THE TRANS ATLANTIC SLAVE TRADE: A CRIME AGAINST HUMANITY

By Dr. Conrad W. Worrill (March 15, 2001)

Over the last two years, the National Black United Front (NBUF) has joined forces with the December 12th Movement in organizing a delegation of Africans in America to attend the upcoming United Nations World Conference Against Racism. This conference will be held in Durban, South Africa from August 31st to September 7, 2001.

The December 12th Movement International Secretariat, the International Association Against Torture, North South XXI has official Non-Governmental Organization (NGO) status with the United Nations. Over the last decade, this group has committed much of its organizing efforts to participate in the United Nations Human Rights Commission by presenting numerous issues that impact African people in America. They have been NBUF’s eyes and ears at the U.N.

As Atty. Roger Wareham of the December 12th Movement recently revealed in an article circulated on the internet, "Since 1997, when the U.N. agreed to hold this World Conference, the United States, Canada, and Western Europe (the WEO Group of countries) have done all they can to prevent it from succeeding."

In the spring of 1998, at the African Group meeting during the Commission on Human Rights in Geneva, a Resolution was drafted identifying the Trans Atlantic Slave Trade as a Crime Against Humanity. The United States used all of its influence and blocked the resolution. However, this did not stop the momentum throughout the African World to pursue this resolution’s becoming an official position of the United Nations World Conference Against Racism.

At the African Regional Preparatory Conference, for the World Conference Against Racism, held in Dakar, Senegal (January 22-24, 2001), the African Ministers developed what has been called the "Dakar Declaration." In their deliberations, they affirmed, in part, the following:

International law supports the position that the enslavement of Africans was a crime against humanity. The Charter of the Nuremberg Tribunal defined crimes against humanity in this manner: "Murder, extermination, enslavement, deportation, and other inhumane acts committed against any civilian population… whether or not in violation of the domestic law of the country where perpetuated."

The African Reparations Movement explains that, "Historians and their experts can show, without difficulty, how the invasion of African territories, the mass capture of Africans, the horrors of the middle passage, the chattelization of Africans in America, and the extermination of the language and culture of the transported Africans, constituted violations of all these international laws." Thus, the Trans Atlantic Slave Trade was a Crime Against Humanity and, it is clear, African people are owed reparations throughout the world.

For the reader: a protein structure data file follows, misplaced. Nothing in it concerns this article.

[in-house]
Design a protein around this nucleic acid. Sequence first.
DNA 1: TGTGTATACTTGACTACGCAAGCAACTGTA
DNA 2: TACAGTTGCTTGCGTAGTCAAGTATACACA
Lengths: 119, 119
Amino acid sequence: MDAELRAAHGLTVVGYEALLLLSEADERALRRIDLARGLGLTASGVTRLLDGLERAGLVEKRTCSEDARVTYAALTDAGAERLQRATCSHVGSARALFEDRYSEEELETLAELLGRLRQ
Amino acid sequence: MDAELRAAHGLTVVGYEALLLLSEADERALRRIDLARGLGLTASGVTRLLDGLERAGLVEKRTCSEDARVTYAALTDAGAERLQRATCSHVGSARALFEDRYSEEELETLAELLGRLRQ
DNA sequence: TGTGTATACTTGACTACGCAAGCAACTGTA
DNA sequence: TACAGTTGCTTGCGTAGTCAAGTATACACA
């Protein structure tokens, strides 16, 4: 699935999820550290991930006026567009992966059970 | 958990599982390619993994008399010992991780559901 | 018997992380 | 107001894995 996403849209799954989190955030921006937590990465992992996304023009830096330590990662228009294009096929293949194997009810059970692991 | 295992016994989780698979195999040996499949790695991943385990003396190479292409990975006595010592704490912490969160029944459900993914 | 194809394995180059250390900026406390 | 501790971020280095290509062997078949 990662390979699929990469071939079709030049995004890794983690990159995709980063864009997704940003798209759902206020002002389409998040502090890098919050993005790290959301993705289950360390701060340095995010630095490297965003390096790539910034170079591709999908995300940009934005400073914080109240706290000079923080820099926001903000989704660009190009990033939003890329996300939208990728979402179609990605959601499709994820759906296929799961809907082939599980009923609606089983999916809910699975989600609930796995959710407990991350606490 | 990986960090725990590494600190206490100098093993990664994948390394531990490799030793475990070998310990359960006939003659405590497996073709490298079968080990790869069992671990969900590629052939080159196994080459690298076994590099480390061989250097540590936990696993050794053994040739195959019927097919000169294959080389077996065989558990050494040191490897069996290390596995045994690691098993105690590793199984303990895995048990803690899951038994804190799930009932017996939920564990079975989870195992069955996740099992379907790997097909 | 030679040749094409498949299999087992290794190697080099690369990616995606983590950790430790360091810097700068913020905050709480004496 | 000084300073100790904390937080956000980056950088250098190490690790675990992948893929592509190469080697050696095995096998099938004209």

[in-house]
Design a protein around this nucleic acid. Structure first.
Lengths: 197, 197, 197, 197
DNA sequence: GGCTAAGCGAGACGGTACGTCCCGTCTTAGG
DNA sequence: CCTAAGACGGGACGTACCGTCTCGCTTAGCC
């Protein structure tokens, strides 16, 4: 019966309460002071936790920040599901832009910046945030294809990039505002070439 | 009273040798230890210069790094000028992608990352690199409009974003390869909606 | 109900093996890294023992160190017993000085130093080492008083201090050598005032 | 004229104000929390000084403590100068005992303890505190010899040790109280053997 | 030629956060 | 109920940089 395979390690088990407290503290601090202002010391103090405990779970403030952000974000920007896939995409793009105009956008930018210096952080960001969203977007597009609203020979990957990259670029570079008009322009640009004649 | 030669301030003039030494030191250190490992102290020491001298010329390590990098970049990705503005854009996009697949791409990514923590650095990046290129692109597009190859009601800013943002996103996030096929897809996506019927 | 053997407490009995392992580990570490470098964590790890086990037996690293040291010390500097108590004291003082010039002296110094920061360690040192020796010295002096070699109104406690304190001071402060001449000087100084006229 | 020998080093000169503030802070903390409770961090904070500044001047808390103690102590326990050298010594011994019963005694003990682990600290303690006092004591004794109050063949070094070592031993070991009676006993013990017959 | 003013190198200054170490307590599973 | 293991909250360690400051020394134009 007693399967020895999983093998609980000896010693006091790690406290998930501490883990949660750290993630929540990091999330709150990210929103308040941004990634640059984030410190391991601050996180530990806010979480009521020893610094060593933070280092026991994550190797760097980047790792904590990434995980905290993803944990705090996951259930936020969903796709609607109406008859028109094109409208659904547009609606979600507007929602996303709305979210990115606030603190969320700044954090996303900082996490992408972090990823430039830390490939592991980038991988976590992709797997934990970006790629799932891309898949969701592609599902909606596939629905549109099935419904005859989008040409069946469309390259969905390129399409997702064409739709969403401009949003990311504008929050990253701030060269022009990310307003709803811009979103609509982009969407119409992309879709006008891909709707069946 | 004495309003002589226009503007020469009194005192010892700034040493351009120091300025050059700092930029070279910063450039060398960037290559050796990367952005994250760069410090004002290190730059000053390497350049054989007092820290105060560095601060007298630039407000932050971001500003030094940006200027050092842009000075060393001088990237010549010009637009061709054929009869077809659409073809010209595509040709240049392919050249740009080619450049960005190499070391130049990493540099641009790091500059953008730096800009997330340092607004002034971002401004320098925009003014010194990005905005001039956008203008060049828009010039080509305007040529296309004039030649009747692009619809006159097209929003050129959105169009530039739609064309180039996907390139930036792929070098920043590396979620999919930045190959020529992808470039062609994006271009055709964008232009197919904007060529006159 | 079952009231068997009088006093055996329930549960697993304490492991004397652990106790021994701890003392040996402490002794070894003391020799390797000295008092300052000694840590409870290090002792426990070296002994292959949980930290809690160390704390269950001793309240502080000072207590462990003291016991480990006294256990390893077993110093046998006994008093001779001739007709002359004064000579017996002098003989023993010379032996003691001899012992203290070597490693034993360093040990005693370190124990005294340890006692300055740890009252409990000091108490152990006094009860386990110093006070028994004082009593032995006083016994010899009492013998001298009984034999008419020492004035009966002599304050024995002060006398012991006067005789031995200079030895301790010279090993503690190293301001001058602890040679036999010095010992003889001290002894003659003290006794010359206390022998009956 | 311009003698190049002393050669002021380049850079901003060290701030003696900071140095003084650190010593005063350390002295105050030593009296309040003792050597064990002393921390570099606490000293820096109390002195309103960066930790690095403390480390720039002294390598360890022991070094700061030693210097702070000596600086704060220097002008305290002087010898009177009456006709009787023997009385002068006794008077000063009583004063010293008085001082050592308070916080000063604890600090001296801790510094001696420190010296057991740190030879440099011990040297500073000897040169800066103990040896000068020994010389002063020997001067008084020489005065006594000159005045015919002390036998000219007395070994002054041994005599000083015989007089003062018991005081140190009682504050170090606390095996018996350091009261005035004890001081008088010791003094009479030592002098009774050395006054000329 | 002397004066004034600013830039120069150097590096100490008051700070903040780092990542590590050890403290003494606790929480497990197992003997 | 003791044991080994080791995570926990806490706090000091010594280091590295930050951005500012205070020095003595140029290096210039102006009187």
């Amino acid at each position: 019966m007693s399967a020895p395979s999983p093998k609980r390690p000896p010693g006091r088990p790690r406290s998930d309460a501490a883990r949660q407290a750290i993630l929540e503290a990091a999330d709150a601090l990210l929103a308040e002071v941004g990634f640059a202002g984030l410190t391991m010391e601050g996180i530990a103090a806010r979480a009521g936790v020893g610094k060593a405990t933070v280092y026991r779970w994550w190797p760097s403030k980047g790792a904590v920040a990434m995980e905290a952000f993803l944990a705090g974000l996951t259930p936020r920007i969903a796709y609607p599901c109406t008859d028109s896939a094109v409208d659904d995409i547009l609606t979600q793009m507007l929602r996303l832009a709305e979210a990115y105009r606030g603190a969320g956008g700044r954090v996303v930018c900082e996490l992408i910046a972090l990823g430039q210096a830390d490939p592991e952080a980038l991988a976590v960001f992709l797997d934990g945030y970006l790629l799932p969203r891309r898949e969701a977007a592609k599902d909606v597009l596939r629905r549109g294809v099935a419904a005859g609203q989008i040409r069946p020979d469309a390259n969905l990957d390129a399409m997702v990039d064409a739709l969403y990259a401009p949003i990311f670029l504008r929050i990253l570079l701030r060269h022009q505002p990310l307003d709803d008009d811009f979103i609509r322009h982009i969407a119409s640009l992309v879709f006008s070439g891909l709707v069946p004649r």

Again, as Atty. Wareham explains, "Before the U.N. World Conferences are actually held, they are preceded by PrepCom (Preparatory Committee meetings) in the various geographical regions of the world where the actual content of the final document and program of action is worked out. All of the regional PreComs are over. In Geneva, Switzerland, a working group meeting held March 6th –9th to consider a Draft Declaration (the Durban Declaration) and tried to resolve a dispute about whether compensatory relief (i.e. reparations) should even be considered as a theme of the World Conference. This was only an issue because of U. S. and Western European opposition." The dispute was not settled and another meeting will be held in May in Geneva.

A recent New York Times article revealed, "A conference on racism this summer could be one of the most explosive meetings this organization (United Nations) has ever held, with moves afoot to cast globalization as a racial issue and to demand reparations for the slave trade and colonialism."

For more than a decade, the December 12th Movement International Secretariat has fought in defense of the human rights of African people at the United Nations, in both Switzerland and New York. During this time, they have come to help us understand that while we, as African people, may not recognize the importance of the international agency to the progress of our struggle, but the United States and its allies are crystal clear about it.

NBUF agrees with the December 12th Movement that we must step up our organizing efforts to attend this historic World Conference Against Racism. Our presence will definitely have an impact, a huge impact!

 
National Chairman
National Black United Front (NBUF)


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